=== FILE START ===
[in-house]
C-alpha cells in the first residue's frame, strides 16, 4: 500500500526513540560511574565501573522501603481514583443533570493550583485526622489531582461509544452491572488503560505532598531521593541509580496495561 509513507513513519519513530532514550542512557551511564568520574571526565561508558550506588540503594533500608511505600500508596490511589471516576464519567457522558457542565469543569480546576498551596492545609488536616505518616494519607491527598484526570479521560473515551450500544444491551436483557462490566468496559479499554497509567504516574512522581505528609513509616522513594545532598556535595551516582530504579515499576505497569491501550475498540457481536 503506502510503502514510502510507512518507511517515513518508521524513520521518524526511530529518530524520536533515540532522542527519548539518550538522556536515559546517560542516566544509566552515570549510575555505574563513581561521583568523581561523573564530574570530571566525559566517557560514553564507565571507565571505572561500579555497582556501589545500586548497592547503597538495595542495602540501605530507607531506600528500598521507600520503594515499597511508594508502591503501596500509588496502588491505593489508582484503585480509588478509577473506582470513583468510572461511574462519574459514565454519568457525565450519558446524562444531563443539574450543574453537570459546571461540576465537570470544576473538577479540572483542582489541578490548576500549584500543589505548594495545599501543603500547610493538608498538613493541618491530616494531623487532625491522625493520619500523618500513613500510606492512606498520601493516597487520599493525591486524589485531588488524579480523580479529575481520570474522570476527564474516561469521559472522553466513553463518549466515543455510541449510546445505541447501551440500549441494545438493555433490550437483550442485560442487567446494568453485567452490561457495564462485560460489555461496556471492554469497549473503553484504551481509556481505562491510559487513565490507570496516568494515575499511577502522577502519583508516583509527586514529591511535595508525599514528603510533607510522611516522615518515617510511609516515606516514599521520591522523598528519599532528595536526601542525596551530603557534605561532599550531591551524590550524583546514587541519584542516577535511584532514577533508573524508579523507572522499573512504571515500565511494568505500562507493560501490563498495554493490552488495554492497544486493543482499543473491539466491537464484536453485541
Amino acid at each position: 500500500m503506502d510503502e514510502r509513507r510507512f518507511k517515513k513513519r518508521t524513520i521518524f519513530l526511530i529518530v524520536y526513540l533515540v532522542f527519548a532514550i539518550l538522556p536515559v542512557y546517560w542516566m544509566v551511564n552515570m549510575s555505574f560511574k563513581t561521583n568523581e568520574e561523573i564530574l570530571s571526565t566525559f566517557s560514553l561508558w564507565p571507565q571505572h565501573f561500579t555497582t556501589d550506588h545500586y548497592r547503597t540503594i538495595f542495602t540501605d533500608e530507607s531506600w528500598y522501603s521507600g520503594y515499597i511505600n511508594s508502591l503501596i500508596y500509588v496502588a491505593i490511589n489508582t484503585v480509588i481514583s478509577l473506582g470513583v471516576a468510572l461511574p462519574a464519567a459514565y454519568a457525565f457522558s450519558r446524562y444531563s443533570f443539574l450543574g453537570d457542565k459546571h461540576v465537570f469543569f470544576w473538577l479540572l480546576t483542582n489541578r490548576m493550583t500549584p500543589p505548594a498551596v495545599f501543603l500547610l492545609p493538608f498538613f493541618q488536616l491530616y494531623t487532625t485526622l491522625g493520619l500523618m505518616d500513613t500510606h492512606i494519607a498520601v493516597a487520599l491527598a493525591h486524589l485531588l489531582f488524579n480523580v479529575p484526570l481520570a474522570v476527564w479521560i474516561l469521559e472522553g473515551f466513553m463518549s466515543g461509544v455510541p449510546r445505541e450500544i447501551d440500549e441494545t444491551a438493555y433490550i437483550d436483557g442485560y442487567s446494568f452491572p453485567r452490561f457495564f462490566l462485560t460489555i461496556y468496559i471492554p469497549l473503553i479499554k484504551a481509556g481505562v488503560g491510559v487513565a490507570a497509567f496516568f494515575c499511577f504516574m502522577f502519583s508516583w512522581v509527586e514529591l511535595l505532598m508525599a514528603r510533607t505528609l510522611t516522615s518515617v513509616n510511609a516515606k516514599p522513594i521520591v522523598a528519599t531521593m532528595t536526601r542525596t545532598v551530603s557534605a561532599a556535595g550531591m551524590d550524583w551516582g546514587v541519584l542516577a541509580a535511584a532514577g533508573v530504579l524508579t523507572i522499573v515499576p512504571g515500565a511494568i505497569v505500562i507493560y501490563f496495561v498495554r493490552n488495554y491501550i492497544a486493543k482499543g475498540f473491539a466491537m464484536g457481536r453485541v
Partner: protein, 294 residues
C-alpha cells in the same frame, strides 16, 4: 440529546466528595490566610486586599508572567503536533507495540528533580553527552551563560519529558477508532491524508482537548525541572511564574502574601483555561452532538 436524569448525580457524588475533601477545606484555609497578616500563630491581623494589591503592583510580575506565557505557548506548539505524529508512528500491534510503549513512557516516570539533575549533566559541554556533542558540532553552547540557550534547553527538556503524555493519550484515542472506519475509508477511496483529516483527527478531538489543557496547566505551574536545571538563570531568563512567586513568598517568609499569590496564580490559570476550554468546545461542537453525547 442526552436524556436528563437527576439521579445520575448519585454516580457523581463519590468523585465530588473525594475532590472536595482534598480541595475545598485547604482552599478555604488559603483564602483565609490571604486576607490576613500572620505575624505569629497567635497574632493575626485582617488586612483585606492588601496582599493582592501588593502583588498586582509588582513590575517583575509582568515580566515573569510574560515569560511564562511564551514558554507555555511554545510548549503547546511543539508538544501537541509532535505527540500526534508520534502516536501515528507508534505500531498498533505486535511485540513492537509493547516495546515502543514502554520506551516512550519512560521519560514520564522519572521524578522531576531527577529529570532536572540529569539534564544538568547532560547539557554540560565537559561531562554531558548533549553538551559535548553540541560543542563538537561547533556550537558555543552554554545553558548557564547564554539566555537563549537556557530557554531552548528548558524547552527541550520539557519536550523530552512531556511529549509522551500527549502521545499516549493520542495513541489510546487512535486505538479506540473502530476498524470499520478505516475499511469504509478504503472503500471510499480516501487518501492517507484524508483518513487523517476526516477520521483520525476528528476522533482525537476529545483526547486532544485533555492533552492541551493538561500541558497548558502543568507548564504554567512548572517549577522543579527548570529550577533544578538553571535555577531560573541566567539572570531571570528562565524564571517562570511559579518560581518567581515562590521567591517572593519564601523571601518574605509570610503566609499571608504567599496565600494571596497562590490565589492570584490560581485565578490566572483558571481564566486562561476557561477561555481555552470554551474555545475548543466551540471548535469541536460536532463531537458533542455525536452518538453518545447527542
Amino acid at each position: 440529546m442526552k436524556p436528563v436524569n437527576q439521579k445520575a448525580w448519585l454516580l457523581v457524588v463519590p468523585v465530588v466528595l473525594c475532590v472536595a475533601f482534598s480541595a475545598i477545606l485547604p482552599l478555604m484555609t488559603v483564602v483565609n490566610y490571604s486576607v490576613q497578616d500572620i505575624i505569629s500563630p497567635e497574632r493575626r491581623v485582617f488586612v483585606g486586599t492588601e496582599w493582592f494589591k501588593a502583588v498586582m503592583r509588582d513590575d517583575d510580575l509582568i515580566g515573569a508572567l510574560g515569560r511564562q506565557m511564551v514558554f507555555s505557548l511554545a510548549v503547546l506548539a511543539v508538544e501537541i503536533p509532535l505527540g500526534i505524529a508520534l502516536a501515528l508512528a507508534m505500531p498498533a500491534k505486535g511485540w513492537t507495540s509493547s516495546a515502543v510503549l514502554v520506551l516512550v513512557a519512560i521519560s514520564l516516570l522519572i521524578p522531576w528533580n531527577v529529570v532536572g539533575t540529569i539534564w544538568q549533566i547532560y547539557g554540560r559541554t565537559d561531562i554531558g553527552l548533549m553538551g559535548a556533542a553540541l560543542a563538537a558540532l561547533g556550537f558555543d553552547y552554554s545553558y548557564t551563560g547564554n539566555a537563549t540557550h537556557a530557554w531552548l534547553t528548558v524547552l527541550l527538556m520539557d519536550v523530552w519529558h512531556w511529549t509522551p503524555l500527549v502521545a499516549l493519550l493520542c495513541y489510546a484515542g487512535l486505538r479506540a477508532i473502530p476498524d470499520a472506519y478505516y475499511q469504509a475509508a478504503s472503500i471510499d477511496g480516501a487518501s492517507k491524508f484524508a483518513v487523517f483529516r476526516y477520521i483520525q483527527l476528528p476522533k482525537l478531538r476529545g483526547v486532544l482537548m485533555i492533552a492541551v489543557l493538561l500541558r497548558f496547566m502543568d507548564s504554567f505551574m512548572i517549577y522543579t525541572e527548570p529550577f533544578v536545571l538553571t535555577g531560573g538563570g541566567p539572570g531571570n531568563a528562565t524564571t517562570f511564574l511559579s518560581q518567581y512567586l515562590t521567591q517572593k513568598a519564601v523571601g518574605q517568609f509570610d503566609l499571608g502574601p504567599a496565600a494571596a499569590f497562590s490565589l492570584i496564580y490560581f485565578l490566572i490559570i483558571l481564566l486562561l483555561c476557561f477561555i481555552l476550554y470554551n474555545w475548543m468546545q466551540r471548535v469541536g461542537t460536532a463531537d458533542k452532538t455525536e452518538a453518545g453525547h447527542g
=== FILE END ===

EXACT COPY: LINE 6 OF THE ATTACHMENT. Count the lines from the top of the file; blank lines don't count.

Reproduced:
Amino acid at each position: 440529546m442526552k436524556p436528563v436524569n437527576q439521579k445520575a448525580w448519585l454516580l457523581v457524588v463519590p468523585v465530588v466528595l473525594c475532590v472536595a475533601f482534598s480541595a475545598i477545606l485547604p482552599l478555604m484555609t488559603v483564602v483565609n490566610y490571604s486576607v490576613q497578616d500572620i505575624i505569629s500563630p497567635e497574632r493575626r491581623v485582617f488586612v483585606g486586599t492588601e496582599w493582592f494589591k501588593a502583588v498586582m503592583r509588582d513590575d517583575d510580575l509582568i515580566g515573569a508572567l510574560g515569560r511564562q506565557m511564551v514558554f507555555s505557548l511554545a510548549v503547546l506548539a511543539v508538544e501537541i503536533p509532535l505527540g500526534i505524529a508520534l502516536a501515528l508512528a507508534m505500531p498498533a500491534k505486535g511485540w513492537t507495540s509493547s516495546a515502543v510503549l514502554v520506551l516512550v513512557a519512560i521519560s514520564l516516570l522519572i521524578p522531576w528533580n531527577v529529570v532536572g539533575t540529569i539534564w544538568q549533566i547532560y547539557g554540560r559541554t565537559d561531562i554531558g553527552l548533549m553538551g559535548a556533542a553540541l560543542a563538537a558540532l561547533g556550537f558555543d553552547y552554554s545553558y548557564t551563560g547564554n539566555a537563549t540557550h537556557a530557554w531552548l534547553t528548558v524547552l527541550l527538556m520539557d519536550v523530552w519529558h512531556w511529549t509522551p503524555l500527549v502521545a499516549l493519550l493520542c495513541y489510546a484515542g487512535l486505538r479506540a477508532i473502530p476498524d470499520a472506519y478505516y475499511q469504509a475509508a478504503s472503500i471510499d477511496g480516501a487518501s492517507k491524508f484524508a483518513v487523517f483529516r476526516y477520521i483520525q483527527l476528528p476522533k482525537l478531538r476529545g483526547v486532544l482537548m485533555i492533552a492541551v489543557l493538561l500541558r497548558f496547566m502543568d507548564s504554567f505551574m512548572i517549577y522543579t525541572e527548570p529550577f533544578v536545571l538553571t535555577g531560573g538563570g541566567p539572570g531571570n531568563a528562565t524564571t517562570f511564574l511559579s518560581q518567581y512567586l515562590t521567591q517572593k513568598a519564601v523571601g518574605q517568609f509570610d503566609l499571608g502574601p504567599a496565600a494571596a499569590f497562590s490565589l492570584i496564580y490560581f485565578l490566572i490559570i483558571l481564566l486562561l483555561c476557561f477561555i481555552l476550554y470554551n474555545w475548543m468546545q466551540r471548535v469541536g461542537t460536532a463531537d458533542k452532538t455525536e452518538a453518545g453525547h447527542g